Public ownership through community energy
The main objection to bringing the electricity and gas industries back into public ownership is the cost to the taxpayer. A new report challenges that assumption and offers a new model.
The report challenges a previous assertion by stockbroking firm Jefferies that the cost could be as high as £185 billion. It estimates that the cost of compensating shareholders would cost between £24 billion and £36.6 billion and take 10 years to pay back.
The model would encourage renewable energy generation by local authority providers, co-operatives and community groups – proper community ownership, rather than the partial models that dominate in Scotland. There would be a public purchase of some generating capacity, the National Grid and energy distribution.
The big saving from the Jefferies assumption is because the Big Six energy supply companies would not be bought. Instead, new local public sector companies would be created who would compete with the Big Six to supply consumers. In Germany such companies have captured up to 50% of the market.
Professor David Hall, author of the report, said: “The paper takes a hard look at the costs and benefits of public ownership of the energy sector, and the practical issues of how to get there – what needs to be bought and what doesn’t, how transparent local ownership can work. The benefits are much greater than usually imagined, and the costs are much lower than previously assumed.”
Under this model, after ten years, the ongoing savings from public ownership could be converted into price cuts of 10% or reinvested in renewables. The refinancing of private debt would mean further savings over time of £0.7 billion a year – equivalent to a further price cut for households of £25 a year.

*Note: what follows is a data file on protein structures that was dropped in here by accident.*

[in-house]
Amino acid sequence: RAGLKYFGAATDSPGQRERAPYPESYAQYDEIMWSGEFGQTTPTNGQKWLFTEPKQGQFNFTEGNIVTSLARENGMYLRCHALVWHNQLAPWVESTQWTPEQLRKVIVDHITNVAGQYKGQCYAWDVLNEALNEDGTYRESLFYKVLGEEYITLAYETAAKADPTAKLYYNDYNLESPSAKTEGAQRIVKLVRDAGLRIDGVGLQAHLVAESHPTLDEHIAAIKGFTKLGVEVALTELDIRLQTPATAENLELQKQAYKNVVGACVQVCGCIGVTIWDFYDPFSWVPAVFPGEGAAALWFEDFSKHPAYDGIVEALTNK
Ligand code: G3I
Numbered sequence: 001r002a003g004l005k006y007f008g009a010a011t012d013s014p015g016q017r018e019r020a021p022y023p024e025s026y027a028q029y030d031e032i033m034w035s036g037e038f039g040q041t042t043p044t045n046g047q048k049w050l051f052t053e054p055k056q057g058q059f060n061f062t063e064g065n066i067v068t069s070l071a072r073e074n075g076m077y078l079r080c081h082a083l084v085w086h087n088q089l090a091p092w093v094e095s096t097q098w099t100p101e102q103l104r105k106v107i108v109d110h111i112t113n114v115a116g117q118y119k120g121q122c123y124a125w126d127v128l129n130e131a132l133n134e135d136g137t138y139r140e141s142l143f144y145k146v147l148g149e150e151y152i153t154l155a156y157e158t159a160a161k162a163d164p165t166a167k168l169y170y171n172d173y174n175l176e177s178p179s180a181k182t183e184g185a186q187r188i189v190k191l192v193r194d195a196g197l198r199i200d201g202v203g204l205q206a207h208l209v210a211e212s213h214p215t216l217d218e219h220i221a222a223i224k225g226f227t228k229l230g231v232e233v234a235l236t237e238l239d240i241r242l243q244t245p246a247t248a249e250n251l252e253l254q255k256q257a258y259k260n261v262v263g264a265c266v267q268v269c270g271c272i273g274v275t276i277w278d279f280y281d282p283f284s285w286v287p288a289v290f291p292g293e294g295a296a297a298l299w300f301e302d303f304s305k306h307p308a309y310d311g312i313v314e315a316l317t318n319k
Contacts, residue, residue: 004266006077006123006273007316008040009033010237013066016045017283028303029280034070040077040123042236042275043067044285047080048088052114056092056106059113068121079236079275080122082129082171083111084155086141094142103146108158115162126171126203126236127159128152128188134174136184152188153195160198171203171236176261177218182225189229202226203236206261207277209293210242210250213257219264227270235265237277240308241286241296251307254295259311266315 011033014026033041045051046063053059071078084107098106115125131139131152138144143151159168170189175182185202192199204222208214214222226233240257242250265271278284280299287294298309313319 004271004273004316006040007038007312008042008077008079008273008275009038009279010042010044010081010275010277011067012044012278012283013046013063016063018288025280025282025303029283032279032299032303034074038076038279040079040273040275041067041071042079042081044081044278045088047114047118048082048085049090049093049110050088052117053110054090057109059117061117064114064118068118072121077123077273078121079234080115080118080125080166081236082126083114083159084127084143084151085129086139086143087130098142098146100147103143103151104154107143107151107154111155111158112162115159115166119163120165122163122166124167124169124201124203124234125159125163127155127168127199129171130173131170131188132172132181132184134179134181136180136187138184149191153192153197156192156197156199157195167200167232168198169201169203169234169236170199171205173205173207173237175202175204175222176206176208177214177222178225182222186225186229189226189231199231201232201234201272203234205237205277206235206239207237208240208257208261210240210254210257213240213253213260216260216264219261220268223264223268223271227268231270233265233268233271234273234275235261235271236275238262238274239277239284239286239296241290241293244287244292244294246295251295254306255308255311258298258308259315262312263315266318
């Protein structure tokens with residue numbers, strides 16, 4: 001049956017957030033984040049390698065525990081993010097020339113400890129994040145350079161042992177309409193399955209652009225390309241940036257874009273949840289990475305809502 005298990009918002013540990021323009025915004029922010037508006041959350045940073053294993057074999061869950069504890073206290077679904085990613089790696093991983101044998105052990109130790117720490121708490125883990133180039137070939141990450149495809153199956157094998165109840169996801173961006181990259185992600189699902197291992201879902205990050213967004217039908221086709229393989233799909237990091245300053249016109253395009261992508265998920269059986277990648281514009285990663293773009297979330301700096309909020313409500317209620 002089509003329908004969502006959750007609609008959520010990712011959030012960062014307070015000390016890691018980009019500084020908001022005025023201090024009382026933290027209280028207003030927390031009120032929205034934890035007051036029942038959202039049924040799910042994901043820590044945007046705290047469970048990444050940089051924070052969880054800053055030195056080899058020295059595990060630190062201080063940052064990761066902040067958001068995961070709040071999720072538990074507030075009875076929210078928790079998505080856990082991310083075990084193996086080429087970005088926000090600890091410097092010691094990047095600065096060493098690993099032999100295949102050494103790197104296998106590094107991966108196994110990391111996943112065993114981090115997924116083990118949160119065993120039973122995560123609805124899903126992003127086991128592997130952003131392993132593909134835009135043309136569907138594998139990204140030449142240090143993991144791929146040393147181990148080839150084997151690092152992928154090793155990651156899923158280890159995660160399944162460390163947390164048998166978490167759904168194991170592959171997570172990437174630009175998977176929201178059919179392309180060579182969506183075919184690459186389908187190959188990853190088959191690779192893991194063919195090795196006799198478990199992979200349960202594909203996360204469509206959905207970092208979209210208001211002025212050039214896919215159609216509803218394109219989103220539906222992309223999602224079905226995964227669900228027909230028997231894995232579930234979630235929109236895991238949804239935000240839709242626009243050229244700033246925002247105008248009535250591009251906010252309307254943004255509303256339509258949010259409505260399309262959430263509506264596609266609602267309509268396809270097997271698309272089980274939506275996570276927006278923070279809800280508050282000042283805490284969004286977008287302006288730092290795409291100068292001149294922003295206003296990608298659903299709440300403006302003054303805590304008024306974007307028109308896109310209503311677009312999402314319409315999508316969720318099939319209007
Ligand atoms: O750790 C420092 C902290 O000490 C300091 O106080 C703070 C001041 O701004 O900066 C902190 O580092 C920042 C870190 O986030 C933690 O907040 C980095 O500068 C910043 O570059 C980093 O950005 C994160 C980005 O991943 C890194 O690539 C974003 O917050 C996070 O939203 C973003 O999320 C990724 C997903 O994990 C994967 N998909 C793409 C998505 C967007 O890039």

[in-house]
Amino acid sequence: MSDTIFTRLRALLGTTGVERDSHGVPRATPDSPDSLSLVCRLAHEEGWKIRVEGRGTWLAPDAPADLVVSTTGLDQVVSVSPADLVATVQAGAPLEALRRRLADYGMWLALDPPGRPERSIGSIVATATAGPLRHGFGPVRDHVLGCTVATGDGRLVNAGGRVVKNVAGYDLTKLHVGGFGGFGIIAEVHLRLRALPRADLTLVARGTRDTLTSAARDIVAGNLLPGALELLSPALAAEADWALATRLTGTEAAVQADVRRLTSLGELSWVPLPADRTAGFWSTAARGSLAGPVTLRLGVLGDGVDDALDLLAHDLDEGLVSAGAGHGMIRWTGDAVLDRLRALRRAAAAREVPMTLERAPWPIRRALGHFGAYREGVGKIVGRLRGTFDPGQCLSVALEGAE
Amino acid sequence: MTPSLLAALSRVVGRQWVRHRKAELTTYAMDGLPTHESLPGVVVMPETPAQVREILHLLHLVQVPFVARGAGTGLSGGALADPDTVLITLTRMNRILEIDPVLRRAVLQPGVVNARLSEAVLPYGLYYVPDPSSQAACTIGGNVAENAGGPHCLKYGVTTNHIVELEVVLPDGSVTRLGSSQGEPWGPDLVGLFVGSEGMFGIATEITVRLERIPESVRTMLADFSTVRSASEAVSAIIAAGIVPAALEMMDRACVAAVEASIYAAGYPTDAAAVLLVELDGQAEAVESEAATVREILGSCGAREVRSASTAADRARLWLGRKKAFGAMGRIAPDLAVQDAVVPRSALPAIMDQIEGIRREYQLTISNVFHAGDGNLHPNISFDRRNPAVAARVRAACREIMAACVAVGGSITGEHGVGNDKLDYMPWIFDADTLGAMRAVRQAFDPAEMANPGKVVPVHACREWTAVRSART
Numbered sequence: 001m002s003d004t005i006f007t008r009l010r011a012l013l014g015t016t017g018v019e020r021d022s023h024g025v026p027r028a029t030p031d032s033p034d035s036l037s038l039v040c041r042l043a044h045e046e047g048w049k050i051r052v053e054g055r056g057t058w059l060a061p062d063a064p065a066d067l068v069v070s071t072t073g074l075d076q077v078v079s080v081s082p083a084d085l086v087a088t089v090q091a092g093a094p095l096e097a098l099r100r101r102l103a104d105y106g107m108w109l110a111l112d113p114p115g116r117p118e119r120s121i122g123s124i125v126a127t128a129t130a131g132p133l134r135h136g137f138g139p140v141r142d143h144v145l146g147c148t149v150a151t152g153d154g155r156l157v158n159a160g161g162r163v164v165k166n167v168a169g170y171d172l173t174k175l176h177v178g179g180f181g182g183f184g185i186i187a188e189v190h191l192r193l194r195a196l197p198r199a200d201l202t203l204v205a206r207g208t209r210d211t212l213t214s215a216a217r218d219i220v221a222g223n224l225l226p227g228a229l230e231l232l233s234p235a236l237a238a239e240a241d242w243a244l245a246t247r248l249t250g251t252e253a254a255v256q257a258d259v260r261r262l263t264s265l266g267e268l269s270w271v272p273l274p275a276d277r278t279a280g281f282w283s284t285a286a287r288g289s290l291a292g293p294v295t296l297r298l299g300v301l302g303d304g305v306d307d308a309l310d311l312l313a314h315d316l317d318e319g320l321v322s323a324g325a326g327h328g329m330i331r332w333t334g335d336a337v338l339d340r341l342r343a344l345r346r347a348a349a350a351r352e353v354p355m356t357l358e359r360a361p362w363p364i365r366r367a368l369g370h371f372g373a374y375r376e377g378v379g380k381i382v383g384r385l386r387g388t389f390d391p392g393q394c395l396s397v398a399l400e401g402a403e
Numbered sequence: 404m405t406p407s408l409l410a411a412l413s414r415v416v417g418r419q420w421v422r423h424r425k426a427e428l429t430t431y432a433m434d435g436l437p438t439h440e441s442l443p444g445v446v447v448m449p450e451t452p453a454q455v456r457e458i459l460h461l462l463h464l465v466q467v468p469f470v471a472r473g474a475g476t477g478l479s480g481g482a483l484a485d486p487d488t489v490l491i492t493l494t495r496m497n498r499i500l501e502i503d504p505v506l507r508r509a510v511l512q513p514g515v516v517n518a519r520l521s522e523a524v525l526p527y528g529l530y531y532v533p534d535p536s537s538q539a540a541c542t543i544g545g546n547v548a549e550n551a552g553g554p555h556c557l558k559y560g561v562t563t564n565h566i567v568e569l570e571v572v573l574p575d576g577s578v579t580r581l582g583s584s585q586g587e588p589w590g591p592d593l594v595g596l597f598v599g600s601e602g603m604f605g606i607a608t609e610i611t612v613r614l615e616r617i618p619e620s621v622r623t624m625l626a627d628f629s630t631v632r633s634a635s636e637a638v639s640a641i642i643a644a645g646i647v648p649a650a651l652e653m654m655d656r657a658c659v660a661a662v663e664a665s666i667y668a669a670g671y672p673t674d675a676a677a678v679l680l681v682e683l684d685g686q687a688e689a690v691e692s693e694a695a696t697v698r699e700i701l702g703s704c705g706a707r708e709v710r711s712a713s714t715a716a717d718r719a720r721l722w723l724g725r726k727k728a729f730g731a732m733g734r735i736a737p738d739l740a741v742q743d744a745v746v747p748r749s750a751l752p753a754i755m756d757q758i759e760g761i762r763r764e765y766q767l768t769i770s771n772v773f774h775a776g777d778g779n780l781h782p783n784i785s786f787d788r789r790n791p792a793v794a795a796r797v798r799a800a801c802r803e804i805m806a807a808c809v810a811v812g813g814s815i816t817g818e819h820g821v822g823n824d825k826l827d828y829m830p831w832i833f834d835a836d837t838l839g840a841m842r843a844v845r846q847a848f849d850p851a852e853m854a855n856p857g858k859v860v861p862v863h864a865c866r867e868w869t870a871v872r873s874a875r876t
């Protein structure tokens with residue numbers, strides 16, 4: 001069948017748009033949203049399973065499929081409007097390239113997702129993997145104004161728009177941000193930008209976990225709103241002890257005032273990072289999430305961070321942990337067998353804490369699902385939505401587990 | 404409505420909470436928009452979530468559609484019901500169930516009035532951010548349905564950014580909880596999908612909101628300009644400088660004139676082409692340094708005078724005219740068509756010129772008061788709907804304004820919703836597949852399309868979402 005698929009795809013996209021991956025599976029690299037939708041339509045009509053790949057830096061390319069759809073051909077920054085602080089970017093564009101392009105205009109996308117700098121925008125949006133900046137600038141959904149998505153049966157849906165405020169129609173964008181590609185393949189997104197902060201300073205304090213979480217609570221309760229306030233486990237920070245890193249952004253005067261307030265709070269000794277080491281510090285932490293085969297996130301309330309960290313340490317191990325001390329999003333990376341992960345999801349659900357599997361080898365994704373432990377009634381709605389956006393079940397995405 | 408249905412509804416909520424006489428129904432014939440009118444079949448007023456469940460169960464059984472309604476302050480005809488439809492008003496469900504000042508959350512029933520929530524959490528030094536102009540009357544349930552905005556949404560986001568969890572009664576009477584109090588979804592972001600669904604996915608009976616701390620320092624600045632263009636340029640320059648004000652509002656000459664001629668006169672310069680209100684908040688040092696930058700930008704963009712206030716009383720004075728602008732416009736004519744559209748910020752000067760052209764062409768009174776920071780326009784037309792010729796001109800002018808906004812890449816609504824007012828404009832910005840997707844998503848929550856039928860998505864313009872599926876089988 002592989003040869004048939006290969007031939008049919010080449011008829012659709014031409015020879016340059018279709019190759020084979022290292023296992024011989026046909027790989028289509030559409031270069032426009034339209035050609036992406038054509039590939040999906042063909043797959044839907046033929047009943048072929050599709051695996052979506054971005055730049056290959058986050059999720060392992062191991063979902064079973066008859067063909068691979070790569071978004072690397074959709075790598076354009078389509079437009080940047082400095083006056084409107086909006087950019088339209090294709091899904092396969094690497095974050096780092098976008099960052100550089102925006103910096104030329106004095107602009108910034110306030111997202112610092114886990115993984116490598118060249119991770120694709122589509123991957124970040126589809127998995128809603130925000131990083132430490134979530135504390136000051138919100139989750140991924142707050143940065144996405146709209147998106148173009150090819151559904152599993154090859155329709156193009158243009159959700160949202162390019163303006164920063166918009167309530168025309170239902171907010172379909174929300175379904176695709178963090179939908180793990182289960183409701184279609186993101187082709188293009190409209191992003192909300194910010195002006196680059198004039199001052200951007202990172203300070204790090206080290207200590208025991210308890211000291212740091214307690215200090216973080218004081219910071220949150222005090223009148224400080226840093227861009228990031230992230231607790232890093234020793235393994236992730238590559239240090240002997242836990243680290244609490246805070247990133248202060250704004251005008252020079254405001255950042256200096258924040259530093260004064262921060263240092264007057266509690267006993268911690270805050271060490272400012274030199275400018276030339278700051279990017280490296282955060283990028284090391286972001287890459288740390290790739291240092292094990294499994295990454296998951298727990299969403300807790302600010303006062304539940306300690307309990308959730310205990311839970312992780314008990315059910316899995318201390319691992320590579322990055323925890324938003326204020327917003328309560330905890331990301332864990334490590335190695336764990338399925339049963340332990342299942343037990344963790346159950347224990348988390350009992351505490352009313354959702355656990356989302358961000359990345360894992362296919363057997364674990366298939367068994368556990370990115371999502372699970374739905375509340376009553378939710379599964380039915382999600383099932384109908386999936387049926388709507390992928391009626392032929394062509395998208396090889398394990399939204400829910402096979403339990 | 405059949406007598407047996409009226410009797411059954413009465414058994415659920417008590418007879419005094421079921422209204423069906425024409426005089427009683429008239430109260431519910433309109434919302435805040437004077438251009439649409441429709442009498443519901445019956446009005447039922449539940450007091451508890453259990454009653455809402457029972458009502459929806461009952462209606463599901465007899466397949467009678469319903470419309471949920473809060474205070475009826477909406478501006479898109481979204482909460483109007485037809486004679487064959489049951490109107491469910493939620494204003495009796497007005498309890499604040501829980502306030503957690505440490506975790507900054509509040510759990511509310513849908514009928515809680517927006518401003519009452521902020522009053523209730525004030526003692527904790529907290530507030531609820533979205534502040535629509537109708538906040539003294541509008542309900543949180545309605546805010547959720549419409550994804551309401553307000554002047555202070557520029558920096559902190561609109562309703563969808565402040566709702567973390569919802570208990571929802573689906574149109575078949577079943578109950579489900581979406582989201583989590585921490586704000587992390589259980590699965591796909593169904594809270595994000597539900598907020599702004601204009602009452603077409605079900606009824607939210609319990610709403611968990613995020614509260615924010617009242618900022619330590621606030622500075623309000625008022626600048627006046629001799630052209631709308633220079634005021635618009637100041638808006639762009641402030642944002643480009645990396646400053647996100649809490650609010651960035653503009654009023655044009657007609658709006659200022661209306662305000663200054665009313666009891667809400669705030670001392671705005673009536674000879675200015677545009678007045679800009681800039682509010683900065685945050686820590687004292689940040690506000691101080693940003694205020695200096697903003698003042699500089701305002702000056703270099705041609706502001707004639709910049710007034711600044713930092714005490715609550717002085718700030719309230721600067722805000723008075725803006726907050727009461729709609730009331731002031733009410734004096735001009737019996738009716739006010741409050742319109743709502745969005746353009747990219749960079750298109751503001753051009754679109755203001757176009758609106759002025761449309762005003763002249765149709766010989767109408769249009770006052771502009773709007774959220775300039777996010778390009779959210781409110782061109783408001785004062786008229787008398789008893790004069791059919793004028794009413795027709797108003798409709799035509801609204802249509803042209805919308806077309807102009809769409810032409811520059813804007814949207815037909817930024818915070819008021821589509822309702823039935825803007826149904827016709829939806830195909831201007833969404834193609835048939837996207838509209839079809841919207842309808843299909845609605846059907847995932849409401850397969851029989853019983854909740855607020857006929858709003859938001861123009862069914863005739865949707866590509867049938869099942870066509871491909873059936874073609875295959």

Public ownership of energy is increasingly common around the world. The report points out that 48 million Americans, in over 2000 cities and districts, get their electricity from the public sector, at a price on average 12% lower than the price charged by private energy companies.
Closer to home it has been argued that Glasgow is uniquely positioned to take advantage of this type of model. The city could become a power station that no longer relies on the grid, by benefiting from a new wave of urban solar farms and windmills due to the “unusual” amount of vacant land and buildings, many of them already under public ownership, within its boundaries.
Jim Metcalfe, a trustee and director of the UK Energy Saving Trust, said changing the way we produce and use energy was a worldwide challenge – but one that could be met at a local level.
Delivering a talk on the subject at a meeting of the Glasgow Skeptics society this week, he outlined why Scotland’s biggest city could take the lead on energy sustainability. He said, “The city has a high level of energy demand, both from domestic and commercial users. It also has an unusual amount of space with the potential for generation. Its supply potential is very high, and new and improving technology means we can exploit it. What we want to do is match up the generation of energy with using any marginal profits to help the efficiency question.
Glasgow City Council said it was already in the process of setting up an energy services company which will oversee the creation of renewables low carbon projects in the city. It has already carried out mapping of derelict and vacant land across the city to determine which sites would be best suited for use as mini-solar farms – either by the council or for community-owned projects.
Similar to the Hall model, the most radical aspect of his vision is the creation of a locally-owned company which would able to reinvest profits from power generation on improving building insulation and reducing fuel poverty. He said, The proposal is to design either a community-owned company or social enterprise based in the city, which would take on land, often gifted, and then collectively raise finance to build power installation to generate power.”
Our own view is that such a model is workable, but it would need a big input from local authorities to get it started. Council’s, like Glasgow, are interested, but have been slow to get plans off the ground.